New Band of the Day: Deconstructing Sequence

Deconstructing Sequence
Deconstructing Sequence

Andrew from the band was kind enough to drop me a couple of CDs through the mail, including one from his former band (Northwail) so I’d have an idea of how Deconstructing Sequence began.

Brief history: Northwail started up in Poland in 2001. They released a couple of EPs and two albums. In 2011, they hit a musical brick wall and the band split up. However, two of the members decided they wanted to move in a new direction together – also involving a geographic shift to Zoider Kuntry (a.k.a. Taunton, Zummerz… I mean Somerset) in the UK.

Having listened to Northwail’s Cold Season, you can get a sense of where they were progressing and the diverse sounds in the mix. Predominantly a black metal sound with occasional flurries of prog (and the long running time for songs which goes with the latter), it’s hard, heavy and very good.

The cloudy cider complete with brewer’s toenails will be helping the transition to Deconstructing Sequence, though. This new outing is very much more prog, but more completely – quoting their facefart page – “Black / Death / Progressive / Avant- Garde“. Which is novel.

Overall, the sound is a little less thrashy. There is still a heavy black metal influence, mainly around the vocal style and the keyboards. Death metal infuses the guitars and drums. Tempo changes, long songs and the storytelling style throw up the progressive stylings. The fact that the whole mixture doesn’t sound like white noise fulfils the avant-garde side of things. This is boundary-breaking stuff.

It sounds like a hodge-podge that shouldn’t really work, but like Shining (NO)’s jazz/metal fusion, it actually does.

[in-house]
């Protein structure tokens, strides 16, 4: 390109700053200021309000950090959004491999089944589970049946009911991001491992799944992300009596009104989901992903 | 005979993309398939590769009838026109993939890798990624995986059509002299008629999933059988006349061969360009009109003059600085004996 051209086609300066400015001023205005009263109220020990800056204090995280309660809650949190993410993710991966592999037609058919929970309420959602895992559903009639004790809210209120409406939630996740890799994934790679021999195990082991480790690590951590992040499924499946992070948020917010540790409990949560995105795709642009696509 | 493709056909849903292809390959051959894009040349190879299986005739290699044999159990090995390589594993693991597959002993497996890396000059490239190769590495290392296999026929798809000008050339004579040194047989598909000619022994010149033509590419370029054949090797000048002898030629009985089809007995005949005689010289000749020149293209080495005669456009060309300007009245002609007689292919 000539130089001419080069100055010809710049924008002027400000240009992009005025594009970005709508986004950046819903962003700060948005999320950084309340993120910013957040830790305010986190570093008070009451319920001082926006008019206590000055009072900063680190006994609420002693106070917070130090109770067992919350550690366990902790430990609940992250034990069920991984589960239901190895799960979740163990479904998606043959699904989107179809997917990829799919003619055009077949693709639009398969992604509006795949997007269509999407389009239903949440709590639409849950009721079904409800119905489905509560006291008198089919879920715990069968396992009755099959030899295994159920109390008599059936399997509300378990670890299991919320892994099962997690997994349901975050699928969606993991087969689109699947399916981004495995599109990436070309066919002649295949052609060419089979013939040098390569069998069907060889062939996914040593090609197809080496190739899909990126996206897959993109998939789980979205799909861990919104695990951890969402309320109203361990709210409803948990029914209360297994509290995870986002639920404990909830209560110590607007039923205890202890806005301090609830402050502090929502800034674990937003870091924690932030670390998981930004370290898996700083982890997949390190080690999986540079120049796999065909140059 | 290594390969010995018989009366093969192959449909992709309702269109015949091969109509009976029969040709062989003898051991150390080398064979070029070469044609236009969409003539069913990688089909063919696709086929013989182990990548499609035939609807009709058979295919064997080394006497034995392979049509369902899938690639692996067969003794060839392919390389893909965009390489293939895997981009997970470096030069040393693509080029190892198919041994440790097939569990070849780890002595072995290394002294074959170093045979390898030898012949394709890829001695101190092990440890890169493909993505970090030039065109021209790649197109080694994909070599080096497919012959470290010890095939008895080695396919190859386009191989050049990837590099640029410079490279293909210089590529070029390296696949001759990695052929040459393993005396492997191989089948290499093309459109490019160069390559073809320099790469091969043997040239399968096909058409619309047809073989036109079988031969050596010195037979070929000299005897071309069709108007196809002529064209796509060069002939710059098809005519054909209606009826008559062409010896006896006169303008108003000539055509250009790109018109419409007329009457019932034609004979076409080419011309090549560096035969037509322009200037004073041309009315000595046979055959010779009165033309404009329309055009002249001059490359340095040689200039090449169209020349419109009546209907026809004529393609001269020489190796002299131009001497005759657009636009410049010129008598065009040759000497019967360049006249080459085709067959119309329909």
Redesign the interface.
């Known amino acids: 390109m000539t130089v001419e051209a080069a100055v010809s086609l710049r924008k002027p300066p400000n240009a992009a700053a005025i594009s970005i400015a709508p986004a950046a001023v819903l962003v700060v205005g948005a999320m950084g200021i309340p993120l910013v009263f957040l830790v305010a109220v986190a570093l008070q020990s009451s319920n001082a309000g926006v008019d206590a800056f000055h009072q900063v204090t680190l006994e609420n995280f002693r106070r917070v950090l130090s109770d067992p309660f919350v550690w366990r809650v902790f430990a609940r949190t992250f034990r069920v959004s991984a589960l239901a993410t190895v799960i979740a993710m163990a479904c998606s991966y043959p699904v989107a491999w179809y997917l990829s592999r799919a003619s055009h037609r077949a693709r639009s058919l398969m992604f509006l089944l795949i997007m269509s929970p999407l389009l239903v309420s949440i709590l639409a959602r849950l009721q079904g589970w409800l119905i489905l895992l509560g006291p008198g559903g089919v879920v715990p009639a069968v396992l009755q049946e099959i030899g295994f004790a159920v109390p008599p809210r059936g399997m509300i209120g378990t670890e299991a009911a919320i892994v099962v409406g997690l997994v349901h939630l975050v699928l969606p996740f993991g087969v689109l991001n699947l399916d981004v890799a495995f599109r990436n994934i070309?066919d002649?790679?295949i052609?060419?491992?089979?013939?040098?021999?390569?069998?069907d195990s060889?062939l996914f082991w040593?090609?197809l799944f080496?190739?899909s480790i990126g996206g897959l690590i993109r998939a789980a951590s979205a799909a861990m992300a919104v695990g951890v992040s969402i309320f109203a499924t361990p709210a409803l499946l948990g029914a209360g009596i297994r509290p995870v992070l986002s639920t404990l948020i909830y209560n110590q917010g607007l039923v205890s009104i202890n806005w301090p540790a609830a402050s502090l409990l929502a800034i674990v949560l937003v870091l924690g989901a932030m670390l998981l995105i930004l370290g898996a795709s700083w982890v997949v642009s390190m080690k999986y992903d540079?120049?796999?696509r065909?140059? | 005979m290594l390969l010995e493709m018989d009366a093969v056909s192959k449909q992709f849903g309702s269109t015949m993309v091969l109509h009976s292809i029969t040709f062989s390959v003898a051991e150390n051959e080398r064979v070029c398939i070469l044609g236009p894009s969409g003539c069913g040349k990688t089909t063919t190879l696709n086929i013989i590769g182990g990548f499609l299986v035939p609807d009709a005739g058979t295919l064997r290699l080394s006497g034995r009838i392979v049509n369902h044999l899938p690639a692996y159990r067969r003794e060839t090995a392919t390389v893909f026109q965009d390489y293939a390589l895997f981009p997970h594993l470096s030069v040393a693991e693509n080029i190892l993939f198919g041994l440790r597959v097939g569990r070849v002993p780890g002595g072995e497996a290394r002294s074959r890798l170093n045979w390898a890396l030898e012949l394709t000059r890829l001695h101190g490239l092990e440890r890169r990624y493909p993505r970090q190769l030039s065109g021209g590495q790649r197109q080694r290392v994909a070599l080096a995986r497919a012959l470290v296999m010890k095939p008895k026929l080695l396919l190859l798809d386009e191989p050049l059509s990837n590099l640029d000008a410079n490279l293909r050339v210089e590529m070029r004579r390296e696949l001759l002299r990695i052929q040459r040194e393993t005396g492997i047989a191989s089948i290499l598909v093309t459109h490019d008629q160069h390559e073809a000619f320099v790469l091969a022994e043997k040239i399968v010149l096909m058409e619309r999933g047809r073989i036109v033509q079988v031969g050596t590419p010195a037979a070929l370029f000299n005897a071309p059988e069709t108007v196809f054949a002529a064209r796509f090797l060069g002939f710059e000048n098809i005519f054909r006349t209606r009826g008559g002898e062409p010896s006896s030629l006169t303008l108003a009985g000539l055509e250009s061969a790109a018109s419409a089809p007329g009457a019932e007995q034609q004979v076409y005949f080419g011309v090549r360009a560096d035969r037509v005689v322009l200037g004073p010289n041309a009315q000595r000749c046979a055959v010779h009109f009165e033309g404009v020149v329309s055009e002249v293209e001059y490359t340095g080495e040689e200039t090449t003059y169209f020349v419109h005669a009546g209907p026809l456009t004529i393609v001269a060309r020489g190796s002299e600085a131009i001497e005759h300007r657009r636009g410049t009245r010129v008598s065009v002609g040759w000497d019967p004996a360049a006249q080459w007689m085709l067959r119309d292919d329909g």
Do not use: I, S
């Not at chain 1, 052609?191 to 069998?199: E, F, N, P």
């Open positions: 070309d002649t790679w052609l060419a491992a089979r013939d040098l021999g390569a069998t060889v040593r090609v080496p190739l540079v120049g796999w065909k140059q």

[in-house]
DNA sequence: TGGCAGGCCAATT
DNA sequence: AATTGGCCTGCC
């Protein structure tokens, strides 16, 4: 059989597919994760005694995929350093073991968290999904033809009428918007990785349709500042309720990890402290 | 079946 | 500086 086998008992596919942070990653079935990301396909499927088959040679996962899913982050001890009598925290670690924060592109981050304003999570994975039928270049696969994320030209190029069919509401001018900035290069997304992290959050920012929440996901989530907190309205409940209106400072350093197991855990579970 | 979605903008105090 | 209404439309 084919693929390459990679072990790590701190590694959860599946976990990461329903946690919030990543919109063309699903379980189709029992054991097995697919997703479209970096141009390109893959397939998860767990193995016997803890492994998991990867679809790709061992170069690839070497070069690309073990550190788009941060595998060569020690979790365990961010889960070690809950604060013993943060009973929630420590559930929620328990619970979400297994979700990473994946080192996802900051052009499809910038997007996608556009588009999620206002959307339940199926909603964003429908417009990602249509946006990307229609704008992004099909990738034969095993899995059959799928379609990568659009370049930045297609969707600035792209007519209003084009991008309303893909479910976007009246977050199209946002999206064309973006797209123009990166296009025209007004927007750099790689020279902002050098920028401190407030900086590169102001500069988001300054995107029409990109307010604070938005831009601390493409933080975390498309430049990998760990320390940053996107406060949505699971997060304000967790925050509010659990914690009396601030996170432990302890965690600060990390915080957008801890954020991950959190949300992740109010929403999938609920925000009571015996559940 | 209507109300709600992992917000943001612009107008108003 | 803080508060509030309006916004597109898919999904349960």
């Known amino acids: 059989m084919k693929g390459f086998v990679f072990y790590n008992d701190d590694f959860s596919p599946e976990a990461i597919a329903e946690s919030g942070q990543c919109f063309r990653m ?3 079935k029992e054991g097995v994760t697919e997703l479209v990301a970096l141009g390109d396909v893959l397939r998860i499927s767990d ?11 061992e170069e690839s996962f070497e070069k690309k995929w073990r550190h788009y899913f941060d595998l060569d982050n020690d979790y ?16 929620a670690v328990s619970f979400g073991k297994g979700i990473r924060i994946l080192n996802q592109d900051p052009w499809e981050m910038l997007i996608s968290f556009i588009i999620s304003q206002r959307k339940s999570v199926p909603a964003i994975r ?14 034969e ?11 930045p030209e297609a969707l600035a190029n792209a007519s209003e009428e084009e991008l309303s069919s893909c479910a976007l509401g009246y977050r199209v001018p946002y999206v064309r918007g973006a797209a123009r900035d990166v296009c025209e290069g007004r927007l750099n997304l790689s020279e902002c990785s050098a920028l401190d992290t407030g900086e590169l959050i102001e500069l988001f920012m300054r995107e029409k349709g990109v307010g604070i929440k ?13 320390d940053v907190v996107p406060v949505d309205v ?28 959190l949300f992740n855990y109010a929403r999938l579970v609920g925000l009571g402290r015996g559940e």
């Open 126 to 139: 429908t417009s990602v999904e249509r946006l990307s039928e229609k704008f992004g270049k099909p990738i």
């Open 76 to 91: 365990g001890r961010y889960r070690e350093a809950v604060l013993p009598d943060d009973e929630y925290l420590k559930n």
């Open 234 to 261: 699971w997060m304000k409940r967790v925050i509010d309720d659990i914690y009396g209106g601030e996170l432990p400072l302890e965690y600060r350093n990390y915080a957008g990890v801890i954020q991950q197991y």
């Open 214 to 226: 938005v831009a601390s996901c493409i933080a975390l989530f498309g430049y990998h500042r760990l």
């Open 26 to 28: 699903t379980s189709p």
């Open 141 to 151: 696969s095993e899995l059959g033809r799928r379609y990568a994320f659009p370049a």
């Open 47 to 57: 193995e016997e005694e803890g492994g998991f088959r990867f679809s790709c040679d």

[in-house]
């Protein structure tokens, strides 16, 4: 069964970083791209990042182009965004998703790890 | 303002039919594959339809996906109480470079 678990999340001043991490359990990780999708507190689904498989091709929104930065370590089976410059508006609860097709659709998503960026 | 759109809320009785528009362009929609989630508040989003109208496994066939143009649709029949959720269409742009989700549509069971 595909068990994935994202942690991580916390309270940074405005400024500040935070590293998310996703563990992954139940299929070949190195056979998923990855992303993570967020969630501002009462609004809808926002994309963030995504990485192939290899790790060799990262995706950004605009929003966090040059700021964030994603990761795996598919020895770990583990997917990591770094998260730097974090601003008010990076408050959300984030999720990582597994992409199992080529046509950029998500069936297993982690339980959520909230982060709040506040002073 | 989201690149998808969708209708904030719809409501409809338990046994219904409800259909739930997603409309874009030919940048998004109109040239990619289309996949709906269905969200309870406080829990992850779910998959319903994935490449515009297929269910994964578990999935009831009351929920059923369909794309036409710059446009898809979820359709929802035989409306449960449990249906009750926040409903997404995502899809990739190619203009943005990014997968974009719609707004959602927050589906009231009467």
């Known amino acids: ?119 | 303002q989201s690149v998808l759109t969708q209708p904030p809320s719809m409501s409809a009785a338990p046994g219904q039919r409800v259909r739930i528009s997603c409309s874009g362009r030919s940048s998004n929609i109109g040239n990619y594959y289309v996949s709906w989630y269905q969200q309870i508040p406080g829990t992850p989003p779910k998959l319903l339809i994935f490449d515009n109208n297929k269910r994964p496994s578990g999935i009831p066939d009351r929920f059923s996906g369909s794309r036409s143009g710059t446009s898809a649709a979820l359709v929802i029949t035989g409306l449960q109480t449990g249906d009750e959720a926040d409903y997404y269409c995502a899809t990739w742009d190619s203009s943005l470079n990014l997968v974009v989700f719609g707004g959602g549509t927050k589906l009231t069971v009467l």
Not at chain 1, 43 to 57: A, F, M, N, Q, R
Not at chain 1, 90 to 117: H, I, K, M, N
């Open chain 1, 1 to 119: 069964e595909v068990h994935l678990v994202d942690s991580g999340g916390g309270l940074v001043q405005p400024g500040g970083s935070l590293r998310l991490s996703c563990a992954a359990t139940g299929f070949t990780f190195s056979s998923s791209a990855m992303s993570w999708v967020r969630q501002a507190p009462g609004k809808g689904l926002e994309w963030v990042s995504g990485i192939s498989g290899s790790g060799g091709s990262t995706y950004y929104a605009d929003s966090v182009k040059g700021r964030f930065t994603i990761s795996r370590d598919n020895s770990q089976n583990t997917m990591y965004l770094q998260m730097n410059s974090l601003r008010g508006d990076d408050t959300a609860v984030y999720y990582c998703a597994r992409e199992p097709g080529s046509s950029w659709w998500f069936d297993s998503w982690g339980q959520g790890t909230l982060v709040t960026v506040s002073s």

While it might not satisfy fans of each genre completely, it crosses so many borders that it could be the band that gets, say, death metal fans to check out a bit of prog. Or prog fans to open their ears to the heavier styles.

I am not a prog fan. I’ve mentioned this enough times on here. But there’s enough non-prog to listen to in the three tracks on Year One that I don’t notice the more progressive elements as much as I would on a pure prog album. This, to me, is a good thing.

Below is the second track from the album: “Enmazed in White Heavenly Stronghold of the Cyberangel”. I told you they’d been at the cider. I prefer it to the first track, which is the only other available on YouTube.

While being a pretty new style compared to most, there are enough familiar sounds here to make it worthwhile listening to if you like any of the styles they’ve mixed into this insane melting pot. You never know, you could be surprised.

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